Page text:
Almost exactly a year into living at our new house in Frisco and we've FINALLY turned our attention to our master bedroom. Hallelujah! I'm actually quite embarrassed to show how we lived in that room for the past year. From the AWFUL curtains that the previous owners left...to the pile of randomness in the corner... to the non existent bedding... this room has been nothing short of S.A.D. for WAAAAAY too long.
Spoiler alert: It's not quite done yet, BUT it's sooooooo close and it's come SOOOOO FAR! I can't wait to show before and after pictures, coming soon. Stay tuned. :)
The turning point to the whole master bedroom renovation project was getting Chad on board with this super awesome, DIY, One of a Kind, Tufted Headboard MASTERPIECE!! After scouring Pinterest for inspiration and seeing waaaay too many beautiful headboards for waaaay more than I was willing to spend, I knew I wanted to try our hand at our very own do-it-yourself version.
AND... it came out BEAUTIFULLY!! I couldn't be happier with the results.
For all those interested in tackling your own version of this headboard, here is my non-tutorial, tutorial...(because ya'll know I stink at giving instructions ;)
Materials Needed (In Photos!): I've seen these headboards done a number of ways, but this is how we did ours.
Canvas Drop Cloth (or fabric of choice) - So cheap and we loved the texture! Purchased at Lowe's, I was a great alternative to expensive fabric. :)
Batting - enough to cover the size of your headboard with a bit of overhang.
(This "full size" batting was enough to fit our king sized headboard frame.)
Mattress Pad (or Foam) - we went with the queen sized mattress pad because it was significantly cheaper than the foam we saw and it actually worked just as well.
Upholstery Needles - Ours came in a pack of multiple sizes.. I used the longest one in the pack.
Craft Cover Button Kit -
we ended up needing two packages of these and had to make an extra trip to JoAnn's. Just make sure you've figured out how many buttons you're gonna want BEFORE heading to the store.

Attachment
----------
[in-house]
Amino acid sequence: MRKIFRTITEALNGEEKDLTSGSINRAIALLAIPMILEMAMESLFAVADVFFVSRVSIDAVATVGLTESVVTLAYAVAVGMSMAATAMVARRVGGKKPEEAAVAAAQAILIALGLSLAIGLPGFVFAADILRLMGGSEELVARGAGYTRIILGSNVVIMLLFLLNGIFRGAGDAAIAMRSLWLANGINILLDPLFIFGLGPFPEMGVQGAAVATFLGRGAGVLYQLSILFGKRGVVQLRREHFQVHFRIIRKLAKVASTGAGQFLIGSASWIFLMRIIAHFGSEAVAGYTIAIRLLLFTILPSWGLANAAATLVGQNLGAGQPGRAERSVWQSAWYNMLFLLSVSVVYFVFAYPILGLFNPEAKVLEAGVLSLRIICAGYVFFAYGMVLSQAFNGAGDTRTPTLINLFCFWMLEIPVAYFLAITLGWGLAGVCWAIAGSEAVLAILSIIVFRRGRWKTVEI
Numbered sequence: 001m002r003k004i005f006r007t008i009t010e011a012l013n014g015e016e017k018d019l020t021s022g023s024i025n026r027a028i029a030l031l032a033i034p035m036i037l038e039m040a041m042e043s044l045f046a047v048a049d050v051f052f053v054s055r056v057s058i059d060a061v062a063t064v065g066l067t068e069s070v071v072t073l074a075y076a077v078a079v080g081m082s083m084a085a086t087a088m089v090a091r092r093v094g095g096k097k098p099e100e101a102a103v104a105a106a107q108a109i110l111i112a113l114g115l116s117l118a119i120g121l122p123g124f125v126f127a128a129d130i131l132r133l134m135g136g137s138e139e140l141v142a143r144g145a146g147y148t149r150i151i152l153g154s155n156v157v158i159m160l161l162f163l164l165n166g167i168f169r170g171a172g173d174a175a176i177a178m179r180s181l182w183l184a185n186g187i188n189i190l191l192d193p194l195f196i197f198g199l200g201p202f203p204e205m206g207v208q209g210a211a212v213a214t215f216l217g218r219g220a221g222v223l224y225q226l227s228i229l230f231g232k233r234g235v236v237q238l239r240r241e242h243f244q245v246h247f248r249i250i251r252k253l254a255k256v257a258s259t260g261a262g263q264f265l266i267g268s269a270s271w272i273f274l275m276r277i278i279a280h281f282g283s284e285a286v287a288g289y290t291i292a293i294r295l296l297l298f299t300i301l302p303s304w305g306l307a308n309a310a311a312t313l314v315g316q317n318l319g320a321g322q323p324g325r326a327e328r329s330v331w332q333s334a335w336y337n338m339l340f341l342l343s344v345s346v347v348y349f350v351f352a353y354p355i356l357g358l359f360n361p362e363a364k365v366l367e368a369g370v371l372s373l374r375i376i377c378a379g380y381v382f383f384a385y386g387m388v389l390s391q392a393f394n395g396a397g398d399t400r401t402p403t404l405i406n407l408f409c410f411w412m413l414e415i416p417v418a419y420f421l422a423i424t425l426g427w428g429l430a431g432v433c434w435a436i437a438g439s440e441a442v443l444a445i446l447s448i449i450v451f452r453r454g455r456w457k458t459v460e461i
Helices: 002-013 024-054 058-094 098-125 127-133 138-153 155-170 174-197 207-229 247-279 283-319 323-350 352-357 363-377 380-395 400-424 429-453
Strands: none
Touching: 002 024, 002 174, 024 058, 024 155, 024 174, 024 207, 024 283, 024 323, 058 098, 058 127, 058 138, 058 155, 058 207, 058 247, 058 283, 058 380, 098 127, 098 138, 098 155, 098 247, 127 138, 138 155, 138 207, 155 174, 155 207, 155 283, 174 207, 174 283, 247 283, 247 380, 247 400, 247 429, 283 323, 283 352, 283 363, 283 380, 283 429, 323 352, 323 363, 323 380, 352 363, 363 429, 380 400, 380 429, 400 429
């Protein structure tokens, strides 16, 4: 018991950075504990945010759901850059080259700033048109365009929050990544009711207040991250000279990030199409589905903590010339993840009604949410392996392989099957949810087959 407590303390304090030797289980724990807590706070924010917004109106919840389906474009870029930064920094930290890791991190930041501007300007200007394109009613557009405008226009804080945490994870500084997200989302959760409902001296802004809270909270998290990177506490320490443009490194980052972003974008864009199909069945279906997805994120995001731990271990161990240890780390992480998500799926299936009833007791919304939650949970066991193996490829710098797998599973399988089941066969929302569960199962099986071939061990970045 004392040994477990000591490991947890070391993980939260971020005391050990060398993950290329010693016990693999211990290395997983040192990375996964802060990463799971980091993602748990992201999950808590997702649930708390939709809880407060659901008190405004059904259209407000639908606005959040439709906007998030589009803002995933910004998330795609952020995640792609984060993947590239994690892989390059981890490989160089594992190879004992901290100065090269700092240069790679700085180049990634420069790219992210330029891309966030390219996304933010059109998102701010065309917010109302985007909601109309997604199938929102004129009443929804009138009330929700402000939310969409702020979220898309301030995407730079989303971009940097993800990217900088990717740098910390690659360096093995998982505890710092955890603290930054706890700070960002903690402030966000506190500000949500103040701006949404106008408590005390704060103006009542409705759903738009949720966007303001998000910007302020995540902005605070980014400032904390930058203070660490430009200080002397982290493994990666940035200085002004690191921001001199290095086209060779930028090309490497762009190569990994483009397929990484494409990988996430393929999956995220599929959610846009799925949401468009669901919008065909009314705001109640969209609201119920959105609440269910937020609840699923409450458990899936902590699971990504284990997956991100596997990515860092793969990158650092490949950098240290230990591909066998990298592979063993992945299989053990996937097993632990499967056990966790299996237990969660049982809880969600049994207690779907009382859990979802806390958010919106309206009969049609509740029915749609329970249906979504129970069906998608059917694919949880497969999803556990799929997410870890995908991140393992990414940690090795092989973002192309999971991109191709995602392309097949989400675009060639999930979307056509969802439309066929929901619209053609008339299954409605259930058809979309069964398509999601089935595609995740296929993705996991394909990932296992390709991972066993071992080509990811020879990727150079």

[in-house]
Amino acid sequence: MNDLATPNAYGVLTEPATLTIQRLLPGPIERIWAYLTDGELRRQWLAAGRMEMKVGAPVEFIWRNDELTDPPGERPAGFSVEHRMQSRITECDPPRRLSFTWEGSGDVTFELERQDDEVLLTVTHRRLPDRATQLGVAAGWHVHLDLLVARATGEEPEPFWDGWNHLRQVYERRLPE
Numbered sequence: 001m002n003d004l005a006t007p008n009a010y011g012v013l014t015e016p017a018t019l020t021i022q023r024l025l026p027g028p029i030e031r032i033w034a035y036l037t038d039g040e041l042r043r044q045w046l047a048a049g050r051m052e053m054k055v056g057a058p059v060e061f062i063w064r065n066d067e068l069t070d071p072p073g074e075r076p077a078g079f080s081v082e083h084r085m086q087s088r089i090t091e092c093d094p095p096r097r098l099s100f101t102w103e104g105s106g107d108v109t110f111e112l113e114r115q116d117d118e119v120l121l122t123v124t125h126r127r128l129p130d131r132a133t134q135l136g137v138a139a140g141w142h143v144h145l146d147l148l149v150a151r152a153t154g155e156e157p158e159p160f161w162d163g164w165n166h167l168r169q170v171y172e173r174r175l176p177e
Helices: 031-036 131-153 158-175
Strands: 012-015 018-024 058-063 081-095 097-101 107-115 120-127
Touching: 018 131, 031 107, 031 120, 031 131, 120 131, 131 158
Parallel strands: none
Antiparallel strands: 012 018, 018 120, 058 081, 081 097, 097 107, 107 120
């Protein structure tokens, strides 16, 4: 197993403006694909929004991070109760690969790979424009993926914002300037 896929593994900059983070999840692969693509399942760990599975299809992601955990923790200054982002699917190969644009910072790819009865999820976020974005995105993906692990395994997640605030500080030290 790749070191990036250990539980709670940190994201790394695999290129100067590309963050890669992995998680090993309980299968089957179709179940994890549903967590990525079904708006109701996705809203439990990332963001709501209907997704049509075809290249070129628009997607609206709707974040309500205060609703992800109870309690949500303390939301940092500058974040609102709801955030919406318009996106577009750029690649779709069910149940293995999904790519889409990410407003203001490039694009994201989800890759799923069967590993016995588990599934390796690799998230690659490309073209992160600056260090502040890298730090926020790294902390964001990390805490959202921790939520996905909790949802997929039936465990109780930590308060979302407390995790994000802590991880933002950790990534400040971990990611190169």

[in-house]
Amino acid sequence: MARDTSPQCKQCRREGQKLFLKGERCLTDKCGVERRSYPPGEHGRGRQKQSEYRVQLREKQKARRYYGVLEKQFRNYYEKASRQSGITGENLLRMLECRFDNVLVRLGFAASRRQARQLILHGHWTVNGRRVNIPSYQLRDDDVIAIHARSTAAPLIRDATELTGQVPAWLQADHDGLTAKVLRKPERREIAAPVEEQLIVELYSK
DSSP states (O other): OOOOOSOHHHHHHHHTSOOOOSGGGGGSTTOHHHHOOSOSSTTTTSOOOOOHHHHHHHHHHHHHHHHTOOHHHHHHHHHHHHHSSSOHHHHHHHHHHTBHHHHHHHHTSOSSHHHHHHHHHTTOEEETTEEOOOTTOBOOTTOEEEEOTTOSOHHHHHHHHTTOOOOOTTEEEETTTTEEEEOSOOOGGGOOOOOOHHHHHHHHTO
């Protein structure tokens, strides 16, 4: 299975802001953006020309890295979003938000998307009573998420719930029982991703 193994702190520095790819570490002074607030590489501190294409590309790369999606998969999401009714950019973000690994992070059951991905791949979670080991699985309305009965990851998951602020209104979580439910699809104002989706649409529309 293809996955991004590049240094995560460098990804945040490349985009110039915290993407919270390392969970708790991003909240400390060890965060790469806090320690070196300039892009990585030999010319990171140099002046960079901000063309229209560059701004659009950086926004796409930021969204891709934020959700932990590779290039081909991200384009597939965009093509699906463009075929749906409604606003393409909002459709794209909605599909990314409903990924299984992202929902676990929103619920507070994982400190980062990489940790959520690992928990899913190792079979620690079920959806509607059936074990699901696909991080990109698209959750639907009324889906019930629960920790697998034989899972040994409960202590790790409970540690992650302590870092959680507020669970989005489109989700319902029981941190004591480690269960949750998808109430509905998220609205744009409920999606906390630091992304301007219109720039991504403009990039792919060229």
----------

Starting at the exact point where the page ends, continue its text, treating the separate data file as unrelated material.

I insisted that we have a frame to surround our tufted headboard...
(because I'm complicated like that) ;)
Chad and Everleigh were in charge of that step.
We taped out the size we wanted the headboard on the wall then Chad used our table saw to cut the frame surround. He mitered the corners and used crown molding to give it some depth. (it's a bit more complicated that I'm making it sound but there are plenty of in-depth tutorials out there if you need them. ;)
We also used pegboard (cut to the size of the frame) for the backing of the headboard. This allowed us to use the holes for the tufting... easy peasy! :)
The crown molding, glued (and taped!) to the outer frame.
While the frame dried, Chad and Everleigh figured out where we wanted the buttons ;)
And because one pegboard wasn't big enough, we put two together..
Daddy's cute little helper.
Project Manager Bear
Marking her territory ;)
Once the glue was dry... and while our bear had a little frozen yogurt snack, Daddy took off all the tape to prepare our frame for staining. (which he did outside in the garage, not in the house ;)
We attached the two pieces of pegboard together with some extra pieces of pegboard!
And while Chad applied the first coat of General Finishes Java Stain (the same color we used on our kitchen cabinets), I worked on making the buttons.
(This was by far the most painful process.)
Then we laid down the peg board, spray glued the mattress pad down then wrapped it all with the batting (using the staple gun to secure the batting down). We didn't wrap the edges because we wanted to attach the frame to the edge of the pegboard once the canvas was down.
Then we stapled the canvas to the edges as tight as we could get them..
Starting in the middle (on the top and bottom and both sides) and working our way around
Using the pegboard (and the marks Chad and Everleigh had made earlier, I used the needle (and upholstery thread) to start from the back.. thread my way to the front, loop the button and go from front to back with the needle.
** (If you're serious about doing this project, ask me how we secured the thread in the back. While Chad was wrangling Everleigh, and I was working on the buttons, I forgot to take a picture of this step. It was a game changer though.. Ask me about it ;)
After the buttons were done, Chad attached the frame to the pegboard by screwing from the back to the front. We then wrapped the canvas and secured it to the back which gave it a nice clean edge.
BAM! DONE! Best DIY project to date :)
I'm so proud of us! ;)